For most union contracts, there likely isn’t any language specifically addressing a pandemic. Combine that with a workplace pandemic plan that is lacking or nonexistent, and it becomes a perfect storm for workers.
Linda Ward-Smith, a Department of Veterans Affairs nurse and president of American Federation of Government Employees (AFGE) Local 1224 in Las Vegas, says: “The agency is ill-prepared for the national emergency upon us right now. Our frontline employees are being exposed, and they are not trained. They have been reassigned into areas they’ve never worked before.”
Of instances like these, Everett Kelley, national president of the AFGE, says: “I think we’re going to see some tragic times if we don’t come together and work together to resolve these issues.” That’s why it’s crucial that both sides work together during a pandemic, like COVID-19, to negotiate for health and safety protections for workers that not only apply to the current situation but also to future pandemics.
Though these negotiations may be outside of the regular bargaining period, they can still be done without opening the contract. It’s important for both sides to come together and negotiate new agreements that specifically address pandemic-related issues for the protection of employees.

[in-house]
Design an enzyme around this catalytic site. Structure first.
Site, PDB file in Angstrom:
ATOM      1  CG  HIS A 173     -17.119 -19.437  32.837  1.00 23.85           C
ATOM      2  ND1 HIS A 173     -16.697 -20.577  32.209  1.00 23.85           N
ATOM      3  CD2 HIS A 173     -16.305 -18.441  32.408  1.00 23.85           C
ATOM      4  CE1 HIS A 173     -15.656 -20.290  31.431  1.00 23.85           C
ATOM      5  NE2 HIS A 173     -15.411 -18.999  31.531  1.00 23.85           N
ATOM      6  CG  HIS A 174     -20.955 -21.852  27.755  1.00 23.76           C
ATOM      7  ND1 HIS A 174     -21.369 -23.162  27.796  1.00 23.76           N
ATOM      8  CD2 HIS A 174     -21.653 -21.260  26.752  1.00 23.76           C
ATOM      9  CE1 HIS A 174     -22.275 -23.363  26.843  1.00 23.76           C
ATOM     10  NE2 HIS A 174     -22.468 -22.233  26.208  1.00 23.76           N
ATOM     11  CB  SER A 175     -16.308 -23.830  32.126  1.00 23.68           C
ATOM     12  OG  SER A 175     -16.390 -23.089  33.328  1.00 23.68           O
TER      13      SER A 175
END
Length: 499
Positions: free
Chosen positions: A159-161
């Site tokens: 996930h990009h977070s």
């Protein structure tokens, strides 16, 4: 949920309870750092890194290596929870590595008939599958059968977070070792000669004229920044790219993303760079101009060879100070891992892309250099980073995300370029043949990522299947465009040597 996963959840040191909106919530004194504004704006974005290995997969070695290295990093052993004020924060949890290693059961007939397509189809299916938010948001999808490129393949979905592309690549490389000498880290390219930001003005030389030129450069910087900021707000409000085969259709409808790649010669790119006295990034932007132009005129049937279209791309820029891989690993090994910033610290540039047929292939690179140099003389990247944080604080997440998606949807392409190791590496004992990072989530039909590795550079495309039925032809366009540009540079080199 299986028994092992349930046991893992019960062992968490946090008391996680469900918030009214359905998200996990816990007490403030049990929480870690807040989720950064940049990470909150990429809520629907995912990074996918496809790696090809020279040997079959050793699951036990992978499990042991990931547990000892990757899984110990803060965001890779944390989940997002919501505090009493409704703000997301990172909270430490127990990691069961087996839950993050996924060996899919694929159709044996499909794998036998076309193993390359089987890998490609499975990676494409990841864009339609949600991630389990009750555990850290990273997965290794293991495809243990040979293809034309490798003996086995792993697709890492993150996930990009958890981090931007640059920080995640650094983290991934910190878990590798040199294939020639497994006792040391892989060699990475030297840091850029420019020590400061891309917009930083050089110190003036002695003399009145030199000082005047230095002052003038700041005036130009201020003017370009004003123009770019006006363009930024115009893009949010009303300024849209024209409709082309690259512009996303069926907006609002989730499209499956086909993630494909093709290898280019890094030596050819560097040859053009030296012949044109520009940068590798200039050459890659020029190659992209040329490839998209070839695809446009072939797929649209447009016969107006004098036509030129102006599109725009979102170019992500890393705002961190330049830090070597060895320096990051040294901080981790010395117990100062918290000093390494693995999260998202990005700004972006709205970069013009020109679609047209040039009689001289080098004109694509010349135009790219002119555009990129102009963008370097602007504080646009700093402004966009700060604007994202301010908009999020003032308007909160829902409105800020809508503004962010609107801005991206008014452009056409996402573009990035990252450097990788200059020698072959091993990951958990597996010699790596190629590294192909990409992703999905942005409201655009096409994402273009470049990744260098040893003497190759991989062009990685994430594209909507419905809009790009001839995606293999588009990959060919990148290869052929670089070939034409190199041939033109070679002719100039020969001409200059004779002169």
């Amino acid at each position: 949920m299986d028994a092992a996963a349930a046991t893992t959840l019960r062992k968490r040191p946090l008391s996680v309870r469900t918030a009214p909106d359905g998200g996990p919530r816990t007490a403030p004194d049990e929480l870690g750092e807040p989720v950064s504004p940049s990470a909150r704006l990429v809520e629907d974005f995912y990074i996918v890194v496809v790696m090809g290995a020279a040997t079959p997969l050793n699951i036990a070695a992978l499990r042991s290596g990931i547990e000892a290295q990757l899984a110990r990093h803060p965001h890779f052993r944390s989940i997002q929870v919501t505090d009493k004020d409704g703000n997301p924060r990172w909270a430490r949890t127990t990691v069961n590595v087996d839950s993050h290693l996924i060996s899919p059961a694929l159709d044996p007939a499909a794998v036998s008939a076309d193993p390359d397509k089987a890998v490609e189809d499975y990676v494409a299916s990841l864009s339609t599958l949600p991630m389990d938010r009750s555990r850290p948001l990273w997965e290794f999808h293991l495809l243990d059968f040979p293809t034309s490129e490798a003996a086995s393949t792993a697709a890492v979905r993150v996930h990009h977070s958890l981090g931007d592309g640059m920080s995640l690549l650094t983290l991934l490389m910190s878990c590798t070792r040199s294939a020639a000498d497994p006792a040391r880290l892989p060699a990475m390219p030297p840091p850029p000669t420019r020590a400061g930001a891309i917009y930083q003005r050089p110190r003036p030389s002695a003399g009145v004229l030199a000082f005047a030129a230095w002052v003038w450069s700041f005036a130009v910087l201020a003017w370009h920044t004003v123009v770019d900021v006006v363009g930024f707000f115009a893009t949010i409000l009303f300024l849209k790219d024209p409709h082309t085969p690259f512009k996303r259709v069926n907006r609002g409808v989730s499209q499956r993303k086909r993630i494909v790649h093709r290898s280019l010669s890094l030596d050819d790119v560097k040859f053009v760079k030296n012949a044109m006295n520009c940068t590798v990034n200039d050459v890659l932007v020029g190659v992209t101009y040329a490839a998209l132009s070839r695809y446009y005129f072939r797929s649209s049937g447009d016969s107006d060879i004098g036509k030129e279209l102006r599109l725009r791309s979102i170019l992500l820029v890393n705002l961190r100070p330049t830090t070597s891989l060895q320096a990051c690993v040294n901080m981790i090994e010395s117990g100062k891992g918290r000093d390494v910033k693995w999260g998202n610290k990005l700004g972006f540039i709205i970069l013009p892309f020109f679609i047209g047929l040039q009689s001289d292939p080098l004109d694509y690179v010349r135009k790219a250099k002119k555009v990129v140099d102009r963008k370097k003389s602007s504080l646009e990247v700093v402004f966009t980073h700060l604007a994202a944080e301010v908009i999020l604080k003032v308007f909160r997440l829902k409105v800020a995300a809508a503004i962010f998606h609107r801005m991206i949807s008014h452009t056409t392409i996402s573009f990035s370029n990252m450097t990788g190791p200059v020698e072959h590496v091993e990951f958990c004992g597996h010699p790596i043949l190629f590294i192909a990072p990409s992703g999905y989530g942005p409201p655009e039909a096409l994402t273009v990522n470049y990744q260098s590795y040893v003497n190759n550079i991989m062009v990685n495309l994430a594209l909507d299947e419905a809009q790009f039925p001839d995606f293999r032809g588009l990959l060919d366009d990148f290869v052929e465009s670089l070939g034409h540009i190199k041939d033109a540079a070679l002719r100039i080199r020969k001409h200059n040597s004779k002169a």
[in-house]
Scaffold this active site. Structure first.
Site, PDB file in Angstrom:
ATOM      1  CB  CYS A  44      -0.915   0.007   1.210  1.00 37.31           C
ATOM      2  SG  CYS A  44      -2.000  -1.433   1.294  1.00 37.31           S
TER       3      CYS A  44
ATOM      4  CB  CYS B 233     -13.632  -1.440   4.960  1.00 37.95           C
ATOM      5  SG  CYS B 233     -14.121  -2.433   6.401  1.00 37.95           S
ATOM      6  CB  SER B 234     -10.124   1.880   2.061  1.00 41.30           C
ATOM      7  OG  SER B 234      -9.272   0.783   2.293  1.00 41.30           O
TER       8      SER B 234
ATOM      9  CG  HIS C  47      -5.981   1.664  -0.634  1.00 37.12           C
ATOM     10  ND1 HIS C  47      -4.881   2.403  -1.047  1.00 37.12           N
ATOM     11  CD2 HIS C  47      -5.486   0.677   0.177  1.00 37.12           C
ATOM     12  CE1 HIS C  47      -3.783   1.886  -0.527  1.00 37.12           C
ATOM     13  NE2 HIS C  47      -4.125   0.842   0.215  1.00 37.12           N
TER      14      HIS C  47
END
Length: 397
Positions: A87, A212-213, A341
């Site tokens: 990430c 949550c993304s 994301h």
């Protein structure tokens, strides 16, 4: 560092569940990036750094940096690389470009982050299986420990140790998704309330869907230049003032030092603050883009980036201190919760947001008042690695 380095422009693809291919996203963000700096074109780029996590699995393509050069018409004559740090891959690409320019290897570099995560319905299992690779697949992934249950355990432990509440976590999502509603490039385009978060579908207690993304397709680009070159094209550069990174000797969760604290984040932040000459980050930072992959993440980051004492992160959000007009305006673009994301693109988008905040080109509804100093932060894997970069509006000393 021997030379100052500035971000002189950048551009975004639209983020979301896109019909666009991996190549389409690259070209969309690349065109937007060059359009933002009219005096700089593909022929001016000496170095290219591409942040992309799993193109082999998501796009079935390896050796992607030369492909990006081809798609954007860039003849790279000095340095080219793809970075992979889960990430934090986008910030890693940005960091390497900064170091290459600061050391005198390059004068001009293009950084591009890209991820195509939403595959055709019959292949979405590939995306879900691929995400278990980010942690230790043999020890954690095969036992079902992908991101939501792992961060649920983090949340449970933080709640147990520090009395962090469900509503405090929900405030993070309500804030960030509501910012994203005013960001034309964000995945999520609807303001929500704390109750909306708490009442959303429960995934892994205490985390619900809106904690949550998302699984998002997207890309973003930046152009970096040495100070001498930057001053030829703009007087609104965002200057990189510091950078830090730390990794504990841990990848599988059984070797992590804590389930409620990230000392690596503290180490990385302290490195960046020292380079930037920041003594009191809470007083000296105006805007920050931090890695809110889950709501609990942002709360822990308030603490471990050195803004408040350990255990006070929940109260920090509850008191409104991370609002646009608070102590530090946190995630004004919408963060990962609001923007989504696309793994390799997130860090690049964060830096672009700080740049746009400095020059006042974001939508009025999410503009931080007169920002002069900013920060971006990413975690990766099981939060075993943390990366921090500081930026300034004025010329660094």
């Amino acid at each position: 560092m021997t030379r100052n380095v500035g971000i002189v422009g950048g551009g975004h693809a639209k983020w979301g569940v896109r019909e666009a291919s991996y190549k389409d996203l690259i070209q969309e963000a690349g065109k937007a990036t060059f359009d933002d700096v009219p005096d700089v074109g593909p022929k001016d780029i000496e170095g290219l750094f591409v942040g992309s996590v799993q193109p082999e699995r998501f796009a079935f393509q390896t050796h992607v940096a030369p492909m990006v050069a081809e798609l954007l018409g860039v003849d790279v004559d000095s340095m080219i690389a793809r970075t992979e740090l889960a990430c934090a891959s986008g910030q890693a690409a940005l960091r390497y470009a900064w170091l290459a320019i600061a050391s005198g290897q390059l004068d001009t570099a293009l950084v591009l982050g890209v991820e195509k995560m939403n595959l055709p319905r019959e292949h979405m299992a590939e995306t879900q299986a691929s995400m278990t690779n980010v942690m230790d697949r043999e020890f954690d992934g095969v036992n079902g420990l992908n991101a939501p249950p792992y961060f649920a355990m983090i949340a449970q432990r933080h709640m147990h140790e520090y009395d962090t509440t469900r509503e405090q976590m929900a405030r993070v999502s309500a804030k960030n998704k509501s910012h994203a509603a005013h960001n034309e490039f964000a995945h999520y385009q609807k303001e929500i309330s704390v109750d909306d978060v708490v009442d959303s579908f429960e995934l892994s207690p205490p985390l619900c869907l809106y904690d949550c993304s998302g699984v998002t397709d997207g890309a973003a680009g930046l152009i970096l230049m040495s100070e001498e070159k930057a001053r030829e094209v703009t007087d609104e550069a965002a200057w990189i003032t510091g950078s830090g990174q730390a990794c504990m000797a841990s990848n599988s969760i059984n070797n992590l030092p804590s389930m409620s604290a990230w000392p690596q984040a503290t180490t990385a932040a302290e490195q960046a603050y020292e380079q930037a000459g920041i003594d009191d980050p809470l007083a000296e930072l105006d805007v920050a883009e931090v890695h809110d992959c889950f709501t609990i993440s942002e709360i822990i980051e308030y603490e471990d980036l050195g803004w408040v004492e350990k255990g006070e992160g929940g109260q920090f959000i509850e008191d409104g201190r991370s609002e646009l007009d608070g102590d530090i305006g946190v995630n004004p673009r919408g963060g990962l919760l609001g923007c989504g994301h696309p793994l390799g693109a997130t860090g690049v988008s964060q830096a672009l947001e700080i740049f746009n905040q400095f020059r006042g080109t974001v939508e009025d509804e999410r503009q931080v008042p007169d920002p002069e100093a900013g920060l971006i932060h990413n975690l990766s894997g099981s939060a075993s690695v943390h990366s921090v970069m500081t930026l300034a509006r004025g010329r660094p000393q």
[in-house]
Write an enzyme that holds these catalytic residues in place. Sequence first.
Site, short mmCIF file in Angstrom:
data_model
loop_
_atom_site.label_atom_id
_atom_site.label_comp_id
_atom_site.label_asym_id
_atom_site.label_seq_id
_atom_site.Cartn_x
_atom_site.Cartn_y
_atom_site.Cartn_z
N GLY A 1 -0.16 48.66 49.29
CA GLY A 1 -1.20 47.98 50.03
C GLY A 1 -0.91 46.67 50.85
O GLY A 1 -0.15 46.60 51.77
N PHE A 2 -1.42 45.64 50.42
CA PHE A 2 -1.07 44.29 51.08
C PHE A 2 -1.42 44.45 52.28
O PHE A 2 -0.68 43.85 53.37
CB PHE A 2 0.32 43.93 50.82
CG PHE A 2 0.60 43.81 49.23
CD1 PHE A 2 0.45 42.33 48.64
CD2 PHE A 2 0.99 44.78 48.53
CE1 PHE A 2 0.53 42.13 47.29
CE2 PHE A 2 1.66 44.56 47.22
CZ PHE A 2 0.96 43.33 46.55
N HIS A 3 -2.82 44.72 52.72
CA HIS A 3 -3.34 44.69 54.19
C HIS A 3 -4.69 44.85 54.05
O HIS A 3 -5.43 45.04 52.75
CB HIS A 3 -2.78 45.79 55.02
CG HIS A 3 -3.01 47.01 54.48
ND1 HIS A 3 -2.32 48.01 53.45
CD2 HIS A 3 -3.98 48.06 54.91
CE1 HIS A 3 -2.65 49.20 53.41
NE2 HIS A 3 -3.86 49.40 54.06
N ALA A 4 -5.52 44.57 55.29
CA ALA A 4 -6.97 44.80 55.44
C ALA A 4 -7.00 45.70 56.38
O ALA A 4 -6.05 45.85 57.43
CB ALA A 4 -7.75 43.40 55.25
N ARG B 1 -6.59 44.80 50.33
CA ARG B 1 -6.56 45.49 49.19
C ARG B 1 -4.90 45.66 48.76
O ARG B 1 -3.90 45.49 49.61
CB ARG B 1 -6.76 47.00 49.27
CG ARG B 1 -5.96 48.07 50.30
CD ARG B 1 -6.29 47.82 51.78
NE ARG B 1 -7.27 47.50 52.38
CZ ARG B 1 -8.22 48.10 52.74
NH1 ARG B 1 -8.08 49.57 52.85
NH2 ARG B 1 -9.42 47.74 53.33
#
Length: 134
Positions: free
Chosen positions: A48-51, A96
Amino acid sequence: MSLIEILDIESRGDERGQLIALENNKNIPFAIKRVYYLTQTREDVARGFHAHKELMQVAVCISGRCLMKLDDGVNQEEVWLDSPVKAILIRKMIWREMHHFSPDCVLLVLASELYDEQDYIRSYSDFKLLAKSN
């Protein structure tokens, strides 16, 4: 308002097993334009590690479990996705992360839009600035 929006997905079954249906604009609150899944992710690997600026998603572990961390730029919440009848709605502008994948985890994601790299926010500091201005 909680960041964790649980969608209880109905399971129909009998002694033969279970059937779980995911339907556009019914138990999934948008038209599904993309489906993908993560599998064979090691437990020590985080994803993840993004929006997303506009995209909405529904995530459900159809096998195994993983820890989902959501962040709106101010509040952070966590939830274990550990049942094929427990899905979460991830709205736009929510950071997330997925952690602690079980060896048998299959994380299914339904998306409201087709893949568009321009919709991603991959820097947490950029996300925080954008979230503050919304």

Personal Protective Equipment
One key issue that unions are addressing is personal protective equipment for workers. It’s one of the most controversial, and pressing, issues to come out of the COVID-19 debacle because many workplaces weren’t prepared with proper PPE for workers deemed essential.
For example, healthcare workers are confronting a lack of masks, gloves and gowns right when they need them most. According to Deborah Burger, president of National Nurses United, nurses are being told to reuse masks in an infected patient’s room during a shift rather than throw them away, which is ineffective at preventing the spread of the virus. This is an issue that workers are protesting, and unions are attempting to negotiate, but it’s been a struggle to quickly find common ground in the high-pressure and over-worked environments of the healthcare sector.
That’s why unions, such as the Service Employees International Union United Healthcare Workers West (SEIU-UHW), are stepping up to provide for workers when possible. In late March 2020, the SEIU-UHW made available nearly 40 million N95 masks for workers and government officials.
SEIU-UHW President Dave Regan said at the time: “We are continuing to turn over every rock to see if we can find more personal protective equipment to make sure that healthcare workers, who are heroically putting their own health on the line to care for patients, can do their jobs as safely as possible.”
Unions must be ready and willing to do whatever it takes to ensure workers have the right PPE to stay safe on the job. It’s an issue that should be addressed as soon as risks are understood.
Workplace Protections Policies
Beyond the right PPE, employers also need to have specific policies in place to protect workers on the job.
The AFL-CIO says employers “have an obligation to maintain safe workplaces and should follow the precautionary principle.” In essence, they need to act sooner than later in response to a pandemic crisis.